Also, when I was reading the wikipedia page on Charroux, I noticed that he had a keen interest in the Rennes-le-Château mystery. I found this particularly intriguing considering his connections with the far-right and my current Grail obsession. I needed more info. There was a reference for a book called Treasures of the World, but on looking up this title, I couldn’t find an online/affordable copy. I put it on my to-buy-eventually list and tried to quell my curiosity by going on a walk. I ended up in the library, and more out of boredom than hope, I looked up Charroux’s name in the library database. Sure enough, they had a copy of Treasures of the World hidden away in the archives. I felt so cool asking the librarian for help accessing it. As we walked through the compact shelving, I imagined the middle-aged lady in a pink blouse who was helping me to be an aged sage dressed in a black robe, leading me into a crypt full of dusty tomes of forbidden lore.

Charroux - treasures of the worldTreasures of the World – Robert Charroux
Muller – 1966 
I took the book out, but the section on Rennes-le-Château is only a few pages long, and despite Charroux’s proximity to the case (he interviewed the lad who bought the house from the woman who lived with the priest), it only gives the standard pre-Holy Blood, Holy Grail account of Bérenger Saunière’s mysterious wealth. It is pretty cool to see that there was actually a bit of speculation about that whole deal before Lincoln, Baigent and Leigh came along. I don’t have much of an interest in treasure that isn’t linked to mental conspiracy theories though, so I’m not going to read the rest of this book, but I have scanned the section on Saunière for future reference. Email me if you want to see it.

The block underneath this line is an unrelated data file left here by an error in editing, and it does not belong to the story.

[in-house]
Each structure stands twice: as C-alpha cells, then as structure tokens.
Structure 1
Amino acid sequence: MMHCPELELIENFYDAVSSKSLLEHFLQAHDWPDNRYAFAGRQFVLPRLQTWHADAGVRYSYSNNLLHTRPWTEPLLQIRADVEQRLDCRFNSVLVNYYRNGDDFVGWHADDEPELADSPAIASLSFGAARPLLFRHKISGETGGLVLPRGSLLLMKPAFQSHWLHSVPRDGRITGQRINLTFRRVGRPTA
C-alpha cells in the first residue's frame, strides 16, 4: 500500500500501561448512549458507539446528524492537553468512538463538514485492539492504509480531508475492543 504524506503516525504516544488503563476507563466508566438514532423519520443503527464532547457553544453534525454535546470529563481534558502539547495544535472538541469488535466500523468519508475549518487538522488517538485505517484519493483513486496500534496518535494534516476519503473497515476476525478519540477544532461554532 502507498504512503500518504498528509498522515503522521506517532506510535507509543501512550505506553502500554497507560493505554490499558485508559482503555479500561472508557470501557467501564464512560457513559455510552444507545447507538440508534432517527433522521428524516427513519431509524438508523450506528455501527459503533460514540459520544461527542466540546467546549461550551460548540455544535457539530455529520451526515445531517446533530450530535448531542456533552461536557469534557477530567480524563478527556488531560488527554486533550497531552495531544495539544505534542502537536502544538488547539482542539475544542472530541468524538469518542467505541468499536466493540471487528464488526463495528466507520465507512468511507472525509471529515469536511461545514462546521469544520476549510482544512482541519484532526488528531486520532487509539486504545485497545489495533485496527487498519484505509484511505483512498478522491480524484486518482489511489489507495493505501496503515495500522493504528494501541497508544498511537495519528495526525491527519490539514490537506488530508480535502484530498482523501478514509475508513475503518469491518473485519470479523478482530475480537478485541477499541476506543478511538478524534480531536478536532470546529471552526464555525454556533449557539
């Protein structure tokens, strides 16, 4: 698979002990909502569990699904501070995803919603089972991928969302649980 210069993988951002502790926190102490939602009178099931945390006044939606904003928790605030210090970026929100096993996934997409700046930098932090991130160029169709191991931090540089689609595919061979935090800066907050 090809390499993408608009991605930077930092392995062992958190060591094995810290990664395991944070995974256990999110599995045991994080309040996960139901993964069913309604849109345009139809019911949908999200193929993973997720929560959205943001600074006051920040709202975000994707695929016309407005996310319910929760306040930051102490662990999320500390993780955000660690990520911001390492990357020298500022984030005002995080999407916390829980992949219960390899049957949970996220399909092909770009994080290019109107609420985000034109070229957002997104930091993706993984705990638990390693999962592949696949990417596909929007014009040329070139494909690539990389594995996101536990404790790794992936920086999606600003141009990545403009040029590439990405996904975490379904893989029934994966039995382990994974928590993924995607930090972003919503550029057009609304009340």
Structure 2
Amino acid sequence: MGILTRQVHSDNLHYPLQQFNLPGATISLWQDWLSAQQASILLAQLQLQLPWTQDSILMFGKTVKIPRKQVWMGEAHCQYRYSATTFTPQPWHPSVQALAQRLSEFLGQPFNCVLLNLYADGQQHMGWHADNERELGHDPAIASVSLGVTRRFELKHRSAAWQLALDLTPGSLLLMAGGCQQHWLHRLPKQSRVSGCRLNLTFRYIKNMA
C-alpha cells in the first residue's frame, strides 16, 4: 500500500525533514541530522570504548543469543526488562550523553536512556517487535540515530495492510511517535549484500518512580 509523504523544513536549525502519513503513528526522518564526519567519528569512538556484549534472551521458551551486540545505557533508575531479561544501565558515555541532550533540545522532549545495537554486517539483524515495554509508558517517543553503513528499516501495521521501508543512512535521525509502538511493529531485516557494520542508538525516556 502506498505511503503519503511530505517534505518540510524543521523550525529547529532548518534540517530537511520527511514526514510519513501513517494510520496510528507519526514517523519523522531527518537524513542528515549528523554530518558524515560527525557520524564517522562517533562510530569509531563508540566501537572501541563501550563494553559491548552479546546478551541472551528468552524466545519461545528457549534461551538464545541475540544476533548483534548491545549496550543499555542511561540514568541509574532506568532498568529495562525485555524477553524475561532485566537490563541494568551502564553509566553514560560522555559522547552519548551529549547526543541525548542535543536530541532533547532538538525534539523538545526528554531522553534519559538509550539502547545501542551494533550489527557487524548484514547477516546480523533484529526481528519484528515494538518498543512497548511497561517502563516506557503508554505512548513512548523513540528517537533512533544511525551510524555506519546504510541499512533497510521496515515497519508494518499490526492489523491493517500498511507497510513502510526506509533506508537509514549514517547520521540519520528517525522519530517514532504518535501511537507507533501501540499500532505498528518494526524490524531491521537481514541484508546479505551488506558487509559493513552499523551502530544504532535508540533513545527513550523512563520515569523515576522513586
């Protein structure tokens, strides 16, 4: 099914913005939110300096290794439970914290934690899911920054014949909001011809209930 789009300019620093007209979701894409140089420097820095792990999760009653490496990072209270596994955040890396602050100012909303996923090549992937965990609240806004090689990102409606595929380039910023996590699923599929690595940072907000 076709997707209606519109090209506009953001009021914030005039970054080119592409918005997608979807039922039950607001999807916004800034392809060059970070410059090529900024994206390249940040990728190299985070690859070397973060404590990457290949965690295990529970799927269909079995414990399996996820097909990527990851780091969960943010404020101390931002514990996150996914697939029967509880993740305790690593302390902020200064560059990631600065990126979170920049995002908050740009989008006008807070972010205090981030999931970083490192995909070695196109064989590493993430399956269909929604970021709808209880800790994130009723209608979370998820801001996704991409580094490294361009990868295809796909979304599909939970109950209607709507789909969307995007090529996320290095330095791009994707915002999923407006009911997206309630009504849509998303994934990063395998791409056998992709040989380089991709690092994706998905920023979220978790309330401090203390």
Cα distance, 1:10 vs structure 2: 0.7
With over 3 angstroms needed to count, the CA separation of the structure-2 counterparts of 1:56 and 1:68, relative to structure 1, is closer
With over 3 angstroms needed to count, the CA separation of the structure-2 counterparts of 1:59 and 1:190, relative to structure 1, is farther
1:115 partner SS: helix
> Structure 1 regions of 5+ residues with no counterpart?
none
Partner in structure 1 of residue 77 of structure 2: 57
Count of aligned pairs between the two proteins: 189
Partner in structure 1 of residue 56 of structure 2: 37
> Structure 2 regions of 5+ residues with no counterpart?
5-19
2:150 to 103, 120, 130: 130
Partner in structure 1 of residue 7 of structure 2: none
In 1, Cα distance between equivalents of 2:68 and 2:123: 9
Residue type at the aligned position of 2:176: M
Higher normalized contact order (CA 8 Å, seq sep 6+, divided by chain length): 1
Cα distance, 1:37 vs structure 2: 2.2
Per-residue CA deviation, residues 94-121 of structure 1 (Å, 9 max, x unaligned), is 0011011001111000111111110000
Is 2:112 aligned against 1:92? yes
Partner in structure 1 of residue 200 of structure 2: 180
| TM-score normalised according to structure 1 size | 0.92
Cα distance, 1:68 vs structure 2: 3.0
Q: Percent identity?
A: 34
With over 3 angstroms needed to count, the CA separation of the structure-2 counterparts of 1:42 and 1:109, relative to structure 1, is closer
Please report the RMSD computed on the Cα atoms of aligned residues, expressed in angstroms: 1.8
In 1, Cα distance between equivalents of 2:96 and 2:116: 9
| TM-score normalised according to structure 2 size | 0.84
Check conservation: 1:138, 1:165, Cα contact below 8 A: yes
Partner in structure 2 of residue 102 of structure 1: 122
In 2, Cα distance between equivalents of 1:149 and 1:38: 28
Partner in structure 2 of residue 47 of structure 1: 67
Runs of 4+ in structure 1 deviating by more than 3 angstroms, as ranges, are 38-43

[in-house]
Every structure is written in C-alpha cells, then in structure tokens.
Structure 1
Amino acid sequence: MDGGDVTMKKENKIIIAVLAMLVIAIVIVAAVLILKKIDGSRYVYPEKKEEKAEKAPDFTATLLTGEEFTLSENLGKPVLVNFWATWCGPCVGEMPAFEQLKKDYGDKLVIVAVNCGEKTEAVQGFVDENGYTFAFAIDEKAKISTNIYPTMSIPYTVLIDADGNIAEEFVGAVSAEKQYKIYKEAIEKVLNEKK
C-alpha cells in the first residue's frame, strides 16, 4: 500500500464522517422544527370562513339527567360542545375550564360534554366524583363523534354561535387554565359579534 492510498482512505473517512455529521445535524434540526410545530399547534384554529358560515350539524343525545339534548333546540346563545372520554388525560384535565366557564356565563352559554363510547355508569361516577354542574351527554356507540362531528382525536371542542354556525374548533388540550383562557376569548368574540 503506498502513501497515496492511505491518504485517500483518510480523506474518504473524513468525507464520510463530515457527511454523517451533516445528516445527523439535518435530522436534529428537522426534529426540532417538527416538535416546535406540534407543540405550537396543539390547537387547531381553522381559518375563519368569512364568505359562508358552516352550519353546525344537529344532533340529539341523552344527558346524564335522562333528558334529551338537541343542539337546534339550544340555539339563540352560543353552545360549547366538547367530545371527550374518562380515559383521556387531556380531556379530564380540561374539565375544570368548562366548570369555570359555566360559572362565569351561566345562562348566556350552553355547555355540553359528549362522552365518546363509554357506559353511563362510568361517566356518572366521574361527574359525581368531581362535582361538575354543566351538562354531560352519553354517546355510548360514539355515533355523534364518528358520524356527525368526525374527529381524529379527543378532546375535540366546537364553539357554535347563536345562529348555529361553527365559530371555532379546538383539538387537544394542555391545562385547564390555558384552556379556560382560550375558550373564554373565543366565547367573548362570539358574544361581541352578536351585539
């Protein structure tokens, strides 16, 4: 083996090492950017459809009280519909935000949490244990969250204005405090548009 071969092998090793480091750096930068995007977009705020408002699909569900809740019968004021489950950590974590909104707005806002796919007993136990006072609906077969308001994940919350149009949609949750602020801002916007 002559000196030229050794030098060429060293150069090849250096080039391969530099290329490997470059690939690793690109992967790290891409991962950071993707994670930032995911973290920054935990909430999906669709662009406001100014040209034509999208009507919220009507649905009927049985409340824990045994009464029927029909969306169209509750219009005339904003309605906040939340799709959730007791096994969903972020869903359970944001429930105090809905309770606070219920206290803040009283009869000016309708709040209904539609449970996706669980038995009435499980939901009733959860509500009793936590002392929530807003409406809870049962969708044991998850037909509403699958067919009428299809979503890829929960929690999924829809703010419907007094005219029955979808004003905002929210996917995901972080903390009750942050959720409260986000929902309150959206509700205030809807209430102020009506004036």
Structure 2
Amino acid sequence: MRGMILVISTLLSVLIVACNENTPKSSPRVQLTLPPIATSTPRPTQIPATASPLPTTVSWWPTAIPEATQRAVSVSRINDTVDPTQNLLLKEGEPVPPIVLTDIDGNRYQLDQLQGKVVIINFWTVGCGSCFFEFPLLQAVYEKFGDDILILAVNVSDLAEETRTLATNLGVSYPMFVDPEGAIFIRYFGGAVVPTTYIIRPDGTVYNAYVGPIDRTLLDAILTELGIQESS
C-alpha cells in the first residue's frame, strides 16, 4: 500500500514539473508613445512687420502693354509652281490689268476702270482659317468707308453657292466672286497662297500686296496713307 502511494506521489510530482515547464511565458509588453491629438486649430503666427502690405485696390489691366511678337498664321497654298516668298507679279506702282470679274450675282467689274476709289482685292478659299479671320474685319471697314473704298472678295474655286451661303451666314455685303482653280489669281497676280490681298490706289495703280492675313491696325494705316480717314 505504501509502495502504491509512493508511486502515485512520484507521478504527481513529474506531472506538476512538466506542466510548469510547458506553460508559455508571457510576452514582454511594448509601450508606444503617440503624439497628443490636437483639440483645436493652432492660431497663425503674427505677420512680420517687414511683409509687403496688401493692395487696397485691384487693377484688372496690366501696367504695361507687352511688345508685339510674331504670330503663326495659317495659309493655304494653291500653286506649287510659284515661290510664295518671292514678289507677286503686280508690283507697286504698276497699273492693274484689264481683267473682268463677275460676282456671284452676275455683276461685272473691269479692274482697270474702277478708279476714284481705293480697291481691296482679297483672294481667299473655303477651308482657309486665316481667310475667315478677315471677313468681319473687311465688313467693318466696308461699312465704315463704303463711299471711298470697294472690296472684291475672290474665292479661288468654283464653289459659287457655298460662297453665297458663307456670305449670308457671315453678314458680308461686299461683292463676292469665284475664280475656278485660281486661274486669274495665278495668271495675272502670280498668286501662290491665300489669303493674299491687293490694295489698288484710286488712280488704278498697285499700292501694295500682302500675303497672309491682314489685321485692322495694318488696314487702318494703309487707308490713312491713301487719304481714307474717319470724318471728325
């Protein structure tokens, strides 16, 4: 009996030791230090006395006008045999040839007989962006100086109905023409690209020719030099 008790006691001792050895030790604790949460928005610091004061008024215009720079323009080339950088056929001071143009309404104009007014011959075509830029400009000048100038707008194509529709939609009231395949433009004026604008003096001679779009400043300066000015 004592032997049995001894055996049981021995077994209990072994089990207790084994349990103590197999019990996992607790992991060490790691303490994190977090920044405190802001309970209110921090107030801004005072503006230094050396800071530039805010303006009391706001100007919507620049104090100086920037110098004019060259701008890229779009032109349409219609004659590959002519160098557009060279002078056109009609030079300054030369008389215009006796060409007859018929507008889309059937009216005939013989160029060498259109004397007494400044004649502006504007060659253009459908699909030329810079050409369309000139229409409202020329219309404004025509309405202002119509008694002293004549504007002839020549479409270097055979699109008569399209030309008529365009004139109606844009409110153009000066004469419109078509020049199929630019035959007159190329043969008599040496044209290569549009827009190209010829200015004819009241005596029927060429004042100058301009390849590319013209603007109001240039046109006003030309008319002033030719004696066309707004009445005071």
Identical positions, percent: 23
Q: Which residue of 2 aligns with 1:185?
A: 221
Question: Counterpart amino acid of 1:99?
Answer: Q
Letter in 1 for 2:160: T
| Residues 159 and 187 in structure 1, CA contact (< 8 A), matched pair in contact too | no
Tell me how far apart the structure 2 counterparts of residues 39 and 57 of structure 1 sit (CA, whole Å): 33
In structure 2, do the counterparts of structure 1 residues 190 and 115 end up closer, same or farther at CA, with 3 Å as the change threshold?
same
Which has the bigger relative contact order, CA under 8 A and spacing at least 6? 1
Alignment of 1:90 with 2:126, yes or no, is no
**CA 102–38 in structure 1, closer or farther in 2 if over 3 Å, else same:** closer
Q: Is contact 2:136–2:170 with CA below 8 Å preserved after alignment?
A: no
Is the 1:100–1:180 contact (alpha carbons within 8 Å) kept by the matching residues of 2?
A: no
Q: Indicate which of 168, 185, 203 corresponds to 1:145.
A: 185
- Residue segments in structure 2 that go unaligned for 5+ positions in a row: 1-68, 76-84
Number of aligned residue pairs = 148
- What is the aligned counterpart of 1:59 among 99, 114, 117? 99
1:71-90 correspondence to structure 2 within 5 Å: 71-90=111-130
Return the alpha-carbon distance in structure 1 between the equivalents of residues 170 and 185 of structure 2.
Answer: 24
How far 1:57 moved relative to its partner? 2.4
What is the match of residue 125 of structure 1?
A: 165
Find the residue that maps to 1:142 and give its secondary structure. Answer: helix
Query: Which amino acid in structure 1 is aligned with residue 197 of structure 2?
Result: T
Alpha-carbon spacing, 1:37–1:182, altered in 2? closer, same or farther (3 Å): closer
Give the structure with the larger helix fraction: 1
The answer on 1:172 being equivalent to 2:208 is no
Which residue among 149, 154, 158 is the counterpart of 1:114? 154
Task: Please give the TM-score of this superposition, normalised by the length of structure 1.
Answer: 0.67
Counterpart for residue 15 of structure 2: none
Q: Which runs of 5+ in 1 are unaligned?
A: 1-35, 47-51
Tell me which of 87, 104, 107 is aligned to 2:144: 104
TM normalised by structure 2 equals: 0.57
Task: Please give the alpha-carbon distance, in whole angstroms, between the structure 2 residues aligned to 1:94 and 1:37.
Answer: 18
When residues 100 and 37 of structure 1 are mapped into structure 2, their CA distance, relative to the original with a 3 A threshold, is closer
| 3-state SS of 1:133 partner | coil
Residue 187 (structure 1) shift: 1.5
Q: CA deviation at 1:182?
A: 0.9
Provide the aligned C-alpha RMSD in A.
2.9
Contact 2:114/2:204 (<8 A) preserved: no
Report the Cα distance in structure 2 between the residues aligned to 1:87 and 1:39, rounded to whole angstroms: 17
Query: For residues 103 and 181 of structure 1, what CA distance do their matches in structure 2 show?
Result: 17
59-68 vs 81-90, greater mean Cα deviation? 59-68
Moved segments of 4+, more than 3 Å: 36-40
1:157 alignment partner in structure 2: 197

Robert Charroux was a fool, but 100,000 Years of Man’s Unknown History got me excited about reading garbage again. If I see any more of his books for cheap, I’ll definitely be picking them up.

100,000 Years of Man’s Unknown History

The Almighty Power of the Vril-Ya!

the-coming-race-vrilThe Coming Race – Edward Bulwer Lytton
P.F. Collier – 1892 (Originally published 1871)
This is the third of Bulwer Lytton’s works that I’ve reviewed here, and in a way it’s the least fitting. While The Haunters and the Haunted and Zanoni both dealt explicitly with the supernatural, The Coming Race or Vril, the Power of the Coming Race, as it was later re-titled, is more of an adventure/early sci-fi novel. So why include it on this blog? Well, despite the fact that it is very clearly a novel, some people have taken it to be literally true, and this short, rather silly book is the origin of several ridiculous conspiracy theories. It played helped popularize the Hollow-Earth theory, and some folks claim that it’s responsible for starting the Second World War.